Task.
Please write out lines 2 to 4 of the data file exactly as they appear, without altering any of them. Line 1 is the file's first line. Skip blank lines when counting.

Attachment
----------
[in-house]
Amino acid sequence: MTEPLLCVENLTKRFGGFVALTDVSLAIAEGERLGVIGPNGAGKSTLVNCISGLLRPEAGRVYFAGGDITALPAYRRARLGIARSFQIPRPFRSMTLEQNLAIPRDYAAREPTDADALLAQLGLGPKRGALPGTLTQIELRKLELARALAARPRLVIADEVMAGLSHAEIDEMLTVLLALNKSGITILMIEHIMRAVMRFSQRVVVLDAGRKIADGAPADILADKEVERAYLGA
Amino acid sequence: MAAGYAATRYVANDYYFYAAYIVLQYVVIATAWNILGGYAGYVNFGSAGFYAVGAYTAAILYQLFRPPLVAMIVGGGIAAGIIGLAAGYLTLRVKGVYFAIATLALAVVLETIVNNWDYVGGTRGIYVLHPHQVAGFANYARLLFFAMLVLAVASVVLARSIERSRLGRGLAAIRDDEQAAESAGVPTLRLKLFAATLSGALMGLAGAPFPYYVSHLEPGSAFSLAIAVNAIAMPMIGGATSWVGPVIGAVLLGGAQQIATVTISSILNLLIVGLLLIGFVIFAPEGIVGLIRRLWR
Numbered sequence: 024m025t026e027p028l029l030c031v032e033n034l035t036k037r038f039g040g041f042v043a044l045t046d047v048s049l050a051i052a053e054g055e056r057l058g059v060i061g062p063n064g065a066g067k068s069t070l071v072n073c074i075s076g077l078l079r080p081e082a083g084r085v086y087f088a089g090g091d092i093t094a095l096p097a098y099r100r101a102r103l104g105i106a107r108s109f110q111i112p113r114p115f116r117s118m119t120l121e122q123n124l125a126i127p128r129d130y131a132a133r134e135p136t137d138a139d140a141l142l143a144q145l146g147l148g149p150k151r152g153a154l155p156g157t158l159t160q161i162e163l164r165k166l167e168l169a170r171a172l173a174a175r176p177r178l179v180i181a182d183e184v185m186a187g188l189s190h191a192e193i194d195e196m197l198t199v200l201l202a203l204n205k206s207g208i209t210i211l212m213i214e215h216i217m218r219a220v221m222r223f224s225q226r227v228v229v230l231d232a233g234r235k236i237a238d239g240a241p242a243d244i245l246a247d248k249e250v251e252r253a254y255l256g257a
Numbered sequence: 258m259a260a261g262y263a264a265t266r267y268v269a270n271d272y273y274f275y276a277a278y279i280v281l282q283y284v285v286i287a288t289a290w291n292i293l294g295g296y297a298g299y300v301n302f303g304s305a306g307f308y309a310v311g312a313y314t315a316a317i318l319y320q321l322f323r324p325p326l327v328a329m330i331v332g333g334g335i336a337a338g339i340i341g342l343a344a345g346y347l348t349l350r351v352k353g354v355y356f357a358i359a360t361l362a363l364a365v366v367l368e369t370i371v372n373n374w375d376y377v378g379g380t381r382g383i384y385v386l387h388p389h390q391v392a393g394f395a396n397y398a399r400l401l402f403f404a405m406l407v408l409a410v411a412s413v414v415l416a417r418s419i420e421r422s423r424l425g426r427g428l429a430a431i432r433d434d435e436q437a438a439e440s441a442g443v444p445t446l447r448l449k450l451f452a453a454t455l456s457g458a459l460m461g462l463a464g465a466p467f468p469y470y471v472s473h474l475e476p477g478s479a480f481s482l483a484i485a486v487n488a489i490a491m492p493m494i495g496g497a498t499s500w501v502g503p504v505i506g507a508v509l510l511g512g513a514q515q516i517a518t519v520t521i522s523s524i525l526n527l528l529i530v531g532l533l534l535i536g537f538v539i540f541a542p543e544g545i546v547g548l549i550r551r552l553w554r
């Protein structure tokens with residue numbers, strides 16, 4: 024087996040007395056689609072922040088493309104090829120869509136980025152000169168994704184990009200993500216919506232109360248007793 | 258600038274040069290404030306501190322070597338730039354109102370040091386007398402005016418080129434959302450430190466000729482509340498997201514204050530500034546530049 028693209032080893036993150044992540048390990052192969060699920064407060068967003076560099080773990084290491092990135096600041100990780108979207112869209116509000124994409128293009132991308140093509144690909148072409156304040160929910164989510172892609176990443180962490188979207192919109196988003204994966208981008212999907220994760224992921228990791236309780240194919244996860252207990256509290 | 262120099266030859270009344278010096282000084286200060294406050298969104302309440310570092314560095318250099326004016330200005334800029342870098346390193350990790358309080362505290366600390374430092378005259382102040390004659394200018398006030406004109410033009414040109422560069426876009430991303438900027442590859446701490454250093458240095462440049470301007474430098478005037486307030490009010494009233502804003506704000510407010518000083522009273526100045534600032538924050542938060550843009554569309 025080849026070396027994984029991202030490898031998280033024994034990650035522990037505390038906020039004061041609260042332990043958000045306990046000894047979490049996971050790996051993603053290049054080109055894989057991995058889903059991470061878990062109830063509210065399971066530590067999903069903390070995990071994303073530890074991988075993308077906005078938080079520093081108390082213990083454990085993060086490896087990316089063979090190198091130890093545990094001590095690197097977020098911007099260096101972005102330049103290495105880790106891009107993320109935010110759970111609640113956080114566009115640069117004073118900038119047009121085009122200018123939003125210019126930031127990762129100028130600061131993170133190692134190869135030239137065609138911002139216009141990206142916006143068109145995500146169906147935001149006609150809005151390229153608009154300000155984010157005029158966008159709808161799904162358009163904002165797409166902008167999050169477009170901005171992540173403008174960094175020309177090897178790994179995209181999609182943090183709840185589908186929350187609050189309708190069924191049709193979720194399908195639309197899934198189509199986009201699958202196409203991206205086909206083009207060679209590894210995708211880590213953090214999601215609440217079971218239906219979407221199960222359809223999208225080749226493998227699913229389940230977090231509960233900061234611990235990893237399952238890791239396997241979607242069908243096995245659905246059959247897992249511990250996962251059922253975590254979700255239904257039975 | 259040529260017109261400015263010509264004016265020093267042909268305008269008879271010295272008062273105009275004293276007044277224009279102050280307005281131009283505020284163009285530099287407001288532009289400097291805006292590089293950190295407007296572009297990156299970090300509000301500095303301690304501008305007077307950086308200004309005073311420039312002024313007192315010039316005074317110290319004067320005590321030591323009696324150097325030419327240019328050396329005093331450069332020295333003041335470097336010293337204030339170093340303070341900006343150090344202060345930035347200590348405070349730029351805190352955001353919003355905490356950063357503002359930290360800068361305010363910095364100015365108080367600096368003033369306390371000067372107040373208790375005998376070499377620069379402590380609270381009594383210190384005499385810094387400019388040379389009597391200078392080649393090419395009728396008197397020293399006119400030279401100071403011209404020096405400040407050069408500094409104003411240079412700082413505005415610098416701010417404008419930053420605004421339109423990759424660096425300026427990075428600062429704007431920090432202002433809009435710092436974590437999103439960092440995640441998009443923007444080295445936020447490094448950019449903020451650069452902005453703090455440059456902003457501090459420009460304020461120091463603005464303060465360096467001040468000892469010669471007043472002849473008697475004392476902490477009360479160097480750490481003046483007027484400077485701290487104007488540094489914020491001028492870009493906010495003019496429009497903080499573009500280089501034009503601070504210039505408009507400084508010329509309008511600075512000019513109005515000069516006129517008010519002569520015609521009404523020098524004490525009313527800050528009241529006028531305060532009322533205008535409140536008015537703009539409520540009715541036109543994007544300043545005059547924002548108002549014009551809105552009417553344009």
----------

Amino acid sequence: MTEPLLCVENLTKRFGGFVALTDVSLAIAEGERLGVIGPNGAGKSTLVNCISGLLRPEAGRVYFAGGDITALPAYRRARLGIARSFQIPRPFRSMTLEQNLAIPRDYAAREPTDADALLAQLGLGPKRGALPGTLTQIELRKLELARALAARPRLVIADEVMAGLSHAEIDEMLTVLLALNKSGITILMIEHIMRAVMRFSQRVVVLDAGRKIADGAPADILADKEVERAYLGA
Amino acid sequence: MAAGYAATRYVANDYYFYAAYIVLQYVVIATAWNILGGYAGYVNFGSAGFYAVGAYTAAILYQLFRPPLVAMIVGGGIAAGIIGLAAGYLTLRVKGVYFAIATLALAVVLETIVNNWDYVGGTRGIYVLHPHQVAGFANYARLLFFAMLVLAVASVVLARSIERSRLGRGLAAIRDDEQAAESAGVPTLRLKLFAATLSGALMGLAGAPFPYYVSHLEPGSAFSLAIAVNAIAMPMIGGATSWVGPVIGAVLLGGAQQIATVTISSILNLLIVGLLLIGFVIFAPEGIVGLIRRLWR
Numbered sequence: 024m025t026e027p028l029l030c031v032e033n034l035t036k037r038f039g040g041f042v043a044l045t046d047v048s049l050a051i052a053e054g055e056r057l058g059v060i061g062p063n064g065a066g067k068s069t070l071v072n073c074i075s076g077l078l079r080p081e082a083g084r085v086y087f088a089g090g091d092i093t094a095l096p097a098y099r100r101a102r103l104g105i106a107r108s109f110q111i112p113r114p115f116r117s118m119t120l121e122q123n124l125a126i127p128r129d130y131a132a133r134e135p136t137d138a139d140a141l142l143a144q145l146g147l148g149p150k151r152g153a154l155p156g157t158l159t160q161i162e163l164r165k166l167e168l169a170r171a172l173a174a175r176p177r178l179v180i181a182d183e184v185m186a187g188l189s190h191a192e193i194d195e196m197l198t199v200l201l202a203l204n205k206s207g208i209t210i211l212m213i214e215h216i217m218r219a220v221m222r223f224s225q226r227v228v229v230l231d232a233g234r235k236i237a238d239g240a241p242a243d244i245l246a247d248k249e250v251e252r253a254y255l256g257a